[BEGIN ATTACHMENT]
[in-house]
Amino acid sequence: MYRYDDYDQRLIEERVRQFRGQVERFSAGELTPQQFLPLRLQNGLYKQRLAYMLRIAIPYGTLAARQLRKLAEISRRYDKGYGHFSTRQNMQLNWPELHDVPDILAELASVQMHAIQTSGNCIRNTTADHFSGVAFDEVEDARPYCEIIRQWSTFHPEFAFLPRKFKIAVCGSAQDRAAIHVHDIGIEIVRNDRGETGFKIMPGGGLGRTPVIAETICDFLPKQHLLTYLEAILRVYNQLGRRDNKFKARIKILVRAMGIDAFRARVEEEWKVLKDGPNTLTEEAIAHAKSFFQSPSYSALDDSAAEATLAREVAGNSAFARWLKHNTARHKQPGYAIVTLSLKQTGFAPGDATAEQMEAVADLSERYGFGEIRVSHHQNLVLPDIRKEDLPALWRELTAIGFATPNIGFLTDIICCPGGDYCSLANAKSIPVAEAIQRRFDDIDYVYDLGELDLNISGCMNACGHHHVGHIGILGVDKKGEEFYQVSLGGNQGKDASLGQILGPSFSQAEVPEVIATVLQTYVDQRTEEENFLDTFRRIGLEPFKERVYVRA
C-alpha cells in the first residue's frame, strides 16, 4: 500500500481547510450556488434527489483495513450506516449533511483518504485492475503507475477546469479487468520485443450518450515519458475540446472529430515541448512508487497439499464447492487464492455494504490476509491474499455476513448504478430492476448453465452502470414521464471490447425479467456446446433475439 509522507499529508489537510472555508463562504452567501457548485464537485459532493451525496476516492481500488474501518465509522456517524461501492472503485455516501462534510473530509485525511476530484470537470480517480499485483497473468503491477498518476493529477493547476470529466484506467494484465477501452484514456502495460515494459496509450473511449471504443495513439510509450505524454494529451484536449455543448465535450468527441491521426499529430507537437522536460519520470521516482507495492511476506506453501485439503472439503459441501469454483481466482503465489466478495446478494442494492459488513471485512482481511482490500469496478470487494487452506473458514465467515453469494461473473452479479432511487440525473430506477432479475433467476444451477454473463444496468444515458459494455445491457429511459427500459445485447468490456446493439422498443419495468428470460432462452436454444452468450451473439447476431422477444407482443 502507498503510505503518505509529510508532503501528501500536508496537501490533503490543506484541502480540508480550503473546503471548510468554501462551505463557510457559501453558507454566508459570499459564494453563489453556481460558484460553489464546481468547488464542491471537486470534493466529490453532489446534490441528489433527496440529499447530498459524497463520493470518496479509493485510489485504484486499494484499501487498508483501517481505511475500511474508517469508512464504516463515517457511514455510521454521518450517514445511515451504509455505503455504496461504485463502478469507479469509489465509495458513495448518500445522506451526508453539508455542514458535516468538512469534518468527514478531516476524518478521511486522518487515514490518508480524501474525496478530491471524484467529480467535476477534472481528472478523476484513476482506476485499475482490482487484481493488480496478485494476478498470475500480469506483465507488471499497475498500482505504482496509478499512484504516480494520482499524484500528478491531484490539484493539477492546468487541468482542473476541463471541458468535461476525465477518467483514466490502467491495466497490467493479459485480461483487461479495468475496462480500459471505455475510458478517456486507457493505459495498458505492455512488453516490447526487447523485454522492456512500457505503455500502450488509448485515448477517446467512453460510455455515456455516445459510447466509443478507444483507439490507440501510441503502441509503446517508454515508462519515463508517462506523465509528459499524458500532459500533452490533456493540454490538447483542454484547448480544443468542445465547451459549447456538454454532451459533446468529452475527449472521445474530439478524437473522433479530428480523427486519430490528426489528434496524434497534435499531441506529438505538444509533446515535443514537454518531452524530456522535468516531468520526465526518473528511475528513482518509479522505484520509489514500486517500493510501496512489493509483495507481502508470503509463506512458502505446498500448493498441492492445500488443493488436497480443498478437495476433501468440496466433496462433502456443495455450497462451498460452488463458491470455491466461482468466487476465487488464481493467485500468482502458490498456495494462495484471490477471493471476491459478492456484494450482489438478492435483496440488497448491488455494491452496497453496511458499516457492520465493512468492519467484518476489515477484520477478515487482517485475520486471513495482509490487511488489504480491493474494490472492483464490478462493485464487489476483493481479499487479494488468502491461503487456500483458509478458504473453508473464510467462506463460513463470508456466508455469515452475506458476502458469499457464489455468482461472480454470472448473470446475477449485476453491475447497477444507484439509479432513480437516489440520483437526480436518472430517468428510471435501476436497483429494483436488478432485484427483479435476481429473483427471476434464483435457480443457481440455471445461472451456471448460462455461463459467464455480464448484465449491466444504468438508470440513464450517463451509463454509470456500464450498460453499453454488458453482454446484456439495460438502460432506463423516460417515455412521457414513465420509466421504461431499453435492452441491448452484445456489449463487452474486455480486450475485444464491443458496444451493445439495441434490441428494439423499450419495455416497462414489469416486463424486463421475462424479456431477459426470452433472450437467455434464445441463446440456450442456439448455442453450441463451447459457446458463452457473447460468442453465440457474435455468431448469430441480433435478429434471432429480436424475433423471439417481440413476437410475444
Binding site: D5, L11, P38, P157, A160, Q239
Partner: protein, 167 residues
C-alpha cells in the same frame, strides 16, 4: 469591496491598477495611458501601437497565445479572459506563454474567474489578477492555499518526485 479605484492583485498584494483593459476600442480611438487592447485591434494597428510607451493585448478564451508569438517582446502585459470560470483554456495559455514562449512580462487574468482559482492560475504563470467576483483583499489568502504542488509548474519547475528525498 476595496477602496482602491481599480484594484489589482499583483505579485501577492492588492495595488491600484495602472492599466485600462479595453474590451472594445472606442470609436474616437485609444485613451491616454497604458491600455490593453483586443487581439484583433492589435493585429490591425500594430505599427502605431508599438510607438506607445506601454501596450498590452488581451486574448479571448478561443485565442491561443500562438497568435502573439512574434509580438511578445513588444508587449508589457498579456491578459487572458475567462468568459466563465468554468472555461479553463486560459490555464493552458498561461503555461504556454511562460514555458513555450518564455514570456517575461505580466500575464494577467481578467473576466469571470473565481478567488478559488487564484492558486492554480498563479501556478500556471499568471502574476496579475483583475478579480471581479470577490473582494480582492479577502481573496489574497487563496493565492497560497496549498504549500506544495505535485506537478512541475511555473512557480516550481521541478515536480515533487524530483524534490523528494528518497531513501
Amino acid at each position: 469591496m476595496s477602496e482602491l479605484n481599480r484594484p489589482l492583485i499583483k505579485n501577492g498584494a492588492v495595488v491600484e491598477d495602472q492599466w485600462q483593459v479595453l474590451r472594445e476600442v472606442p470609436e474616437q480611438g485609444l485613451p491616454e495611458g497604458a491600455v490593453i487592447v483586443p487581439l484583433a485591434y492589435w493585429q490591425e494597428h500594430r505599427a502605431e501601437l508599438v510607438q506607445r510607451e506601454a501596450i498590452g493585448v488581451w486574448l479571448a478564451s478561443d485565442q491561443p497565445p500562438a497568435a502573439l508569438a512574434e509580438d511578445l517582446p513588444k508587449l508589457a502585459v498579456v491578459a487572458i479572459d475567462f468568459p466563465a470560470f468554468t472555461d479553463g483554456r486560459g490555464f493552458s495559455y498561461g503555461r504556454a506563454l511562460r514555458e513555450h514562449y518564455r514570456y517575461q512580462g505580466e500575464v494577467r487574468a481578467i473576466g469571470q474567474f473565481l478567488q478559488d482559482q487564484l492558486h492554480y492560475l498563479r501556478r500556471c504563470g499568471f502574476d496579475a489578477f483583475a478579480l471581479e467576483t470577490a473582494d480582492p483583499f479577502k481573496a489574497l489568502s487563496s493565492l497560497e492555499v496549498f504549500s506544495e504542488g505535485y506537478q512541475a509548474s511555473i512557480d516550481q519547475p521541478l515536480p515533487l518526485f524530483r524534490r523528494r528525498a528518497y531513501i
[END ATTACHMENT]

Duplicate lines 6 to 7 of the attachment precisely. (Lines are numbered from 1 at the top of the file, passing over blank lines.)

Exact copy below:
C-alpha cells in the same frame, strides 16, 4: 469591496491598477495611458501601437497565445479572459506563454474567474489578477492555499518526485 479605484492583485498584494483593459476600442480611438487592447485591434494597428510607451493585448478564451508569438517582446502585459470560470483554456495559455514562449512580462487574468482559482492560475504563470467576483483583499489568502504542488509548474519547475528525498 476595496477602496482602491481599480484594484489589482499583483505579485501577492492588492495595488491600484495602472492599466485600462479595453474590451472594445472606442470609436474616437485609444485613451491616454497604458491600455490593453483586443487581439484583433492589435493585429490591425500594430505599427502605431508599438510607438506607445506601454501596450498590452488581451486574448479571448478561443485565442491561443500562438497568435502573439512574434509580438511578445513588444508587449508589457498579456491578459487572458475567462468568459466563465468554468472555461479553463486560459490555464493552458498561461503555461504556454511562460514555458513555450518564455514570456517575461505580466500575464494577467481578467473576466469571470473565481478567488478559488487564484492558486492554480498563479501556478500556471499568471502574476496579475483583475478579480471581479470577490473582494480582492479577502481573496489574497487563496493565492497560497496549498504549500506544495505535485506537478512541475511555473512557480516550481521541478515536480515533487524530483524534490523528494528518497531513501
Amino acid at each position: 469591496m476595496s477602496e482602491l479605484n481599480r484594484p489589482l492583485i499583483k505579485n501577492g498584494a492588492v495595488v491600484e491598477d495602472q492599466w485600462q483593459v479595453l474590451r472594445e476600442v472606442p470609436e474616437q480611438g485609444l485613451p491616454e495611458g497604458a491600455v490593453i487592447v483586443p487581439l484583433a485591434y492589435w493585429q490591425e494597428h500594430r505599427a502605431e501601437l508599438v510607438q506607445r510607451e506601454a501596450i498590452g493585448v488581451w486574448l479571448a478564451s478561443d485565442q491561443p497565445p500562438a497568435a502573439l508569438a512574434e509580438d511578445l517582446p513588444k508587449l508589457a502585459v498579456v491578459a487572458i479572459d475567462f468568459p466563465a470560470f468554468t472555461d479553463g483554456r486560459g490555464f493552458s495559455y498561461g503555461r504556454a506563454l511562460r514555458e513555450h514562449y518564455r514570456y517575461q512580462g505580466e500575464v494577467r487574468a481578467i473576466g469571470q474567474f473565481l478567488q478559488d482559482q487564484l492558486h492554480y492560475l498563479r501556478r500556471c504563470g499568471f502574476d496579475a489578477f483583475a478579480l471581479e467576483t470577490a473582494d480582492p483583499f479577502k481573496a489574497l489568502s487563496s493565492l497560497e492555499v496549498f504549500s506544495e504542488g505535485y506537478q512541475a509548474s511555473i512557480d516550481q519547475p521541478l515536480p515533487l518526485f524530483r524534490r523528494r528525498a528518497y531513501i